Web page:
Fig. 1.
A 16-year-old girl presented with a complete rupture of the flexor digitorum profundus (FDP) tendon due to a cutter knife injury. (A, B) Intraoperative images from the initial repair of the FDP tendon. (C) A 28-day follow-up image showing flexion failure of the distal interphalangeal joint after throwing a book. (D, E) Intraoperative images from the re-repair of the FDP tendon. (F) An 8-month follow-up image after reoperation showing a full range of active flexion motion.
Fig. 2.
A 62-year-old man presented with a complete rupture of the flexor digitorum superficialis (FDS) and flexor digitorum profundus (FDP) tendon due to an injury from broken glass. (A, B) Intraoperative images from the initial repair of the FDS and FDP tendons. (C) A 36-day follow-up image showing a limited range of active flexion motion after grabbing a cellphone. (D, E) Intraoperative images from the re-repair of the FDP tendon, with the intact FDS tendon. (F) A 10-month follow-up image after reoperation showing improvement in the range of active flexion motion.
Fig. 3.
Distribution of rerupture days for each patient by cause.
Table 1.
Patient information for the rerupture group (n=19)
Patient No. Sex/age (yr) Occupation Smoking DM Injury cause Rerupture event Finger Zone Tendon Core strand Core suture technique POD to PT POD to splint removal
1 M/16 Unemployed No No Glass Unknown Ring 2 FDS, FDP 2 Loop 7 23
2 F/16 Unemployed No No Knife Non-compliance Little 2 FDP 6 Kessler 6 23
3 M/26 Blue-collar No No Other sharps Unknown Little 2 FDS, FDP 4 Kessler 10 28
4 F/30 Unemployed Yes No Knife Non-compliance Little 2 FDP 2 Loop 7 NA
5 M/35 Blue-collar Yes No Glass Non-compliance Little 2 FDS, FDP 4 Kessler 9 21
6 F/46 Blue-collar No No Knife Unknown Little 2 FDS, FDP 4 Kessler 7 25
7 M/54 Blue-collar Yes No Other sharps Non-compliance Middle 1 FDP 6 Kessler 5 NA
8 M/57 Blue-collar Yes No Other sharps Unknown Little 2 FDS, FDP 6 Kessler 6 22
9 M/36 Unemployed Yes No Knife Non-compliance Ring 2 FDP 4 Kessler NA NA
10 M/47 White-collar Yes No Knife Unknown Little 2 FDS, FDP 6 Kessler 10 27
11 F/61 Blue-collar No Yes Knife Trauma Middle 2 FDS, FDP 2 Kessler 7 19
12 M/57 Blue-collar Yes Yes Knife Non-compliance Ring 2 FDS, FDP 2 Kessler 7 22
13 F/23 White-collar Yes No Knife Unknown Middle 2 FDS, FDP 2 Kessler 6 25
14 M/60 Unemployed No No Blunt injury Unknown Ring 3 FDP 4 Kessler 8 20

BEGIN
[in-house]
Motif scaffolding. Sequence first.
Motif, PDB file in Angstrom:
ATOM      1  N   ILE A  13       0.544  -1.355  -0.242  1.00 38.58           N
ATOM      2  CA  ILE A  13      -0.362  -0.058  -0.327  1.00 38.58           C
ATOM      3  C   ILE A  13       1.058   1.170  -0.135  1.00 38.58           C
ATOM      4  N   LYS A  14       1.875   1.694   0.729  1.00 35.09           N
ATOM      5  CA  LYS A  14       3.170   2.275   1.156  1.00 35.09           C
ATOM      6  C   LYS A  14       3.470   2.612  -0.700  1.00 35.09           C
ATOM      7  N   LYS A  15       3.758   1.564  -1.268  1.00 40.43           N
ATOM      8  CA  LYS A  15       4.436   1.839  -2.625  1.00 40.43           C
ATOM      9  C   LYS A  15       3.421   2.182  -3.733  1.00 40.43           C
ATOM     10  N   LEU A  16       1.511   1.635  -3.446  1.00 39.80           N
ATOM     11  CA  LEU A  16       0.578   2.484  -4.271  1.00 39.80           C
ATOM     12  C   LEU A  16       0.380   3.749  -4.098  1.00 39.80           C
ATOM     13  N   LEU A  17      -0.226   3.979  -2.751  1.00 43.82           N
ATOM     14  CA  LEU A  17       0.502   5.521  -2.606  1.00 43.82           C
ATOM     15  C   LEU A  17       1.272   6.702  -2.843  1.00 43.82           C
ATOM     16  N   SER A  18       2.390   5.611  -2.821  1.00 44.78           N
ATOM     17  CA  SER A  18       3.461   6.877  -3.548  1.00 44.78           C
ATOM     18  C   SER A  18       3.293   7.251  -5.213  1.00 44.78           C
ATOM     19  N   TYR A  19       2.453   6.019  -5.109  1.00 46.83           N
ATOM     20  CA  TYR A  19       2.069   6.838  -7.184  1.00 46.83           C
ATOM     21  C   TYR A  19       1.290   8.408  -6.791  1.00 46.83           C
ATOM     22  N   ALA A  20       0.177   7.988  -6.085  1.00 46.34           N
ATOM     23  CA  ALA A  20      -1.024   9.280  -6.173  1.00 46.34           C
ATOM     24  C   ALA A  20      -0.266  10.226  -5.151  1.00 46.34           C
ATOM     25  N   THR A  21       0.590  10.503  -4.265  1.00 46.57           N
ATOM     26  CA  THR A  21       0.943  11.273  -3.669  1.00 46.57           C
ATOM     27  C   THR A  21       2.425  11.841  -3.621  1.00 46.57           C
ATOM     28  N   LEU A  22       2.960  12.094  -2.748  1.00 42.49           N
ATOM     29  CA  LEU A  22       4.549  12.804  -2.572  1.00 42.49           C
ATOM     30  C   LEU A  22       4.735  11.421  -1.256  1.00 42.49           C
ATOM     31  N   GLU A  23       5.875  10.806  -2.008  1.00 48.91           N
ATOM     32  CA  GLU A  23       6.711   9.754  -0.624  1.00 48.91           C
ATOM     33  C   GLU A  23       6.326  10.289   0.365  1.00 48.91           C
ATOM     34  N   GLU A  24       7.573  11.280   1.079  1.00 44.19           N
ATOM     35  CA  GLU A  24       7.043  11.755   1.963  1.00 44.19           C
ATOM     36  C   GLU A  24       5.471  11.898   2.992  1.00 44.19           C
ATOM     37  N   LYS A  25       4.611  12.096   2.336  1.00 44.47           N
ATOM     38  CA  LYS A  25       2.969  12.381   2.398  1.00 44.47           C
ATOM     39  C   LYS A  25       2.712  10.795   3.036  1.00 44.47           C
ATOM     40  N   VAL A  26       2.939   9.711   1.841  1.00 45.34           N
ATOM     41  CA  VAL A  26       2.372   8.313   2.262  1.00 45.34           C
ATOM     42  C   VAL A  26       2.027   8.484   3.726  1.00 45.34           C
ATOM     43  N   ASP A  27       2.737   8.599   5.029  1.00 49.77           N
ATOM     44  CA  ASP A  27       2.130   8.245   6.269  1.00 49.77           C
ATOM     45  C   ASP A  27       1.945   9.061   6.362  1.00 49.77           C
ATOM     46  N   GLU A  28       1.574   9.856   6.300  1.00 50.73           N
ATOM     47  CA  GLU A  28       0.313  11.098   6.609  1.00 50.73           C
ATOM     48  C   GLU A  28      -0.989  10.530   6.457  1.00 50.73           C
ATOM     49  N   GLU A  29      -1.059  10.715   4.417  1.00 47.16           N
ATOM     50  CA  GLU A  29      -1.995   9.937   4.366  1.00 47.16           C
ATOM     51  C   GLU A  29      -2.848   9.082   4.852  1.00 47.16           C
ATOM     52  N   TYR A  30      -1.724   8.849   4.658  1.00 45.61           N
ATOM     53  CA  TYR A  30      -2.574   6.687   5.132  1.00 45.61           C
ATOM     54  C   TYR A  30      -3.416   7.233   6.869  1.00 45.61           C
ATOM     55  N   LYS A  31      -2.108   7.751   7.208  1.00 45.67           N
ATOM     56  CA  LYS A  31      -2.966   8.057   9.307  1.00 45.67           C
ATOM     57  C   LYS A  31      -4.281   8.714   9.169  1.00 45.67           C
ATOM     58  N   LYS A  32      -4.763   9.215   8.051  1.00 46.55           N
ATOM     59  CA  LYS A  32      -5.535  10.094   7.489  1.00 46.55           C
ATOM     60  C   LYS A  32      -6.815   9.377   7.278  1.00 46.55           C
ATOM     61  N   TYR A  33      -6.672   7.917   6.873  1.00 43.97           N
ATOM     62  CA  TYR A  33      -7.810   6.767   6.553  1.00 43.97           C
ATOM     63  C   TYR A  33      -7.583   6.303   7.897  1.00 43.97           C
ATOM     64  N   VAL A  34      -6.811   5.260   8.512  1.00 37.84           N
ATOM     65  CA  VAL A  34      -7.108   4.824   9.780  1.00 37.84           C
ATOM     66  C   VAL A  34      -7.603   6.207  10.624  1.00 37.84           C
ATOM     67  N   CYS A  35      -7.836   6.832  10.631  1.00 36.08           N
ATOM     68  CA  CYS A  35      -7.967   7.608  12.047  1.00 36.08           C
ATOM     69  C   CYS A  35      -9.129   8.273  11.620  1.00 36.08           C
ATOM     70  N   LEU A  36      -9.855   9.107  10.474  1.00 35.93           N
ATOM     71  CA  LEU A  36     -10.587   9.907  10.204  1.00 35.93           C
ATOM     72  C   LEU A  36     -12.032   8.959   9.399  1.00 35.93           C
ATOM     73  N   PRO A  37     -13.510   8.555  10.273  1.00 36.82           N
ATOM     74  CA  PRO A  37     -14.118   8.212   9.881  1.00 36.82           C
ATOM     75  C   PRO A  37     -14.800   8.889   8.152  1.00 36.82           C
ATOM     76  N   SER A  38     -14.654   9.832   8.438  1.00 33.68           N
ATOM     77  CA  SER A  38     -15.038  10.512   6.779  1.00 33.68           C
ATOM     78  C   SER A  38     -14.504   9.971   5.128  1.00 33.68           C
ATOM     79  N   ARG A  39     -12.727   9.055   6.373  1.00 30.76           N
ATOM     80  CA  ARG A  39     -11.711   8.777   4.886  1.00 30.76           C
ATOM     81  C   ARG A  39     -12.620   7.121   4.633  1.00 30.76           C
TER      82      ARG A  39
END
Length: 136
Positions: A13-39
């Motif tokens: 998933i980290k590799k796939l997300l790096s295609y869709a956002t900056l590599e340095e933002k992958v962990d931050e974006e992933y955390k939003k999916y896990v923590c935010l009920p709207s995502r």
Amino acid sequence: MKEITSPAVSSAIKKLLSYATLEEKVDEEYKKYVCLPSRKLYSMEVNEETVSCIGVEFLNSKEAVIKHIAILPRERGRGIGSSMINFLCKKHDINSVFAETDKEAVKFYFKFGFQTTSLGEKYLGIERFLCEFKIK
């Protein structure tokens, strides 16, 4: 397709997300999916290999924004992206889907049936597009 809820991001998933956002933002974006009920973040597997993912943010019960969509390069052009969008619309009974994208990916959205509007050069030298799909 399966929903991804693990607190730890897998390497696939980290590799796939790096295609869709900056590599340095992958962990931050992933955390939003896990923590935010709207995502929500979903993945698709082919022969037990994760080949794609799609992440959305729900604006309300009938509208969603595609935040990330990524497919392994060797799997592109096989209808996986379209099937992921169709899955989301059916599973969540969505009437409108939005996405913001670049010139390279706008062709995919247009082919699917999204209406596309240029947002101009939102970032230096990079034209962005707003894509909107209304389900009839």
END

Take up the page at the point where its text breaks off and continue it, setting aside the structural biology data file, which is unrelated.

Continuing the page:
15 F/69 Unemployed No No Knife Trauma Ring 2 FDP 2 Kessler NA NA
16 F/48 White-collar No Yes Knife Unknown Little 2 FDS, FDP 4 Kessler 7 23
17 M/62 Unemployed No No Glass Unknown Index 2 FDP 6 Kessler 6 25
18 M/42 Blue-collar No No Other sharps Trauma Little 2 FDS, FDP 4 Kessler 6 18
19 M/45 Blue-collar Yes No Knife Non-compliance Middle 1 FDP 4 Kessler 5 NA

DM, diabetes mellitus; POD, postoperative day; PT, physical therapy; M, male; F, female; FDS, flexor digitorum superficialis; FDP, flexor digitorum profundus; NA, not available.

Table 2.
Comparative analysis of sociodemographic and injury characteristics, suture methods, and rehabilitation
Factor Total Non-rerupture Rerupture p-value
No. of patients 287 268 19
Age (yr) 40.6±17.1 40.4±17.2 43.6±16.1 0.426
 Female 95 (33.1) 88 (32.8) 7 (36.8) 0.720
 Male 192 (66.9) 180 (67.2) 12 (63.2)
 Unemployed 78 (27.2) 71 (26.5) 7 (36.8) 0.584
 White-collar 62 (21.6) 59 (22.0) 3 (15.8)
 Blue-collar 147 (51.2) 138 (51.5) 9 (47.4)
 Non-smoking 190 (66.2) 180 (67.2) 10 (52.6) 0.196
 Smoking 97 (33.8) 88 (32.8) 9 (47.4)
Diabetes mellitus
 Non-diabetes mellitus 267 (93.0) 251 (93.7) 16 (84.2) 0.136
 Diabetes mellitus 20 (7.0) 17 (6.3) 3 (15.8)
Injury cause
 Blunt or crushing injury 39 (13.6) 38 (14.2) 1 (5.3) 0.555
 Glass 49 (17.1) 46 (17.2) 3 (15.8)
 Knife 121 (44.2) 110 (41.0) 11 (57.9)
 Other sharp objects 78 (27.2) 74 (27.6) 4 (21.1)
 Index 108 (37.6) 107 (39.9) 1 (5.3) 0.032*
 Middle 62 (21.6) 58 (21.6) 4 (21.1)
 Ring 49 (17.1) 44 (16.4) 5 (26.3)
 Little 68 (23.7) 59 (22.0) 9 (47.4)
 Zone 1 73 (25.4) 71 (26.5) 2 (10.5) 0.324
 Zone 2 200 (69.7) 184 (68.7) 16 (84.2)
 Zone 3 14 (4.9) 13 (4.9) 1 (5.3)
 FDS 37 (12.9) 37 (13.8) NA 0.013*
 FDP 172 (59.9) 164 (61.2) 8 (42.1)
 Both 78 (27.2) 67 (25.0) 11 (57.9)
Core suture technique
 Modified loop suture 57 (19.9) 55 (20.5) 2 (10.5) 0.416
 Modified Kessler method 223 (77.7) 206 (76.9) 17 (89.5)
 Others 7 (2.4) 7 (2.6) NA
No. of core strand
 4 133 (46.3) 125 (46.6) 8 (42.1) 0.756
 2 85 (29.6) 79 (29.5) 6 (31.6)
 6 55 (19.2) 50 (18.7) 5 (26.3)
 8 14 (4.9) 14 (5.2) NA
POD to PT 7.1±1.54 7.2±1.56 7.0±1.46 0.684
POD to splint removal 24.1±3.37 24.1±3.52 22.9±2.79 0.797

Values are presented as number only, mean±standard deviation, or number (%).

FDS, flexor digitorum superficialis; FDP, flexor digitorum profundus; POD, postoperative day; PT, physical therapy; NA, not available.

* p<0.05.

Table 3.
Multivariable logistic regression analysis to identify the predictive factors for rerupture
Independent variable Beta SE Exp(β) P-value
 Index Reference Reference Reference
 Middle 0.290 0.503 1.336 0.567
 Ring 0.546 0.571 1.728 0.318
 Little 0.026 0.503 2.789 0.008*
 FDS –0.518 0.564 –0.919 0.358
 FDP Reference Reference Reference
 Both 1.241 0.578 2.144 0.032*

SE, standard error; exp(β), odds ratio.; FDS, flexor digitorum superficialis; FDP, flexor digitorum profundus.

* p<0.05.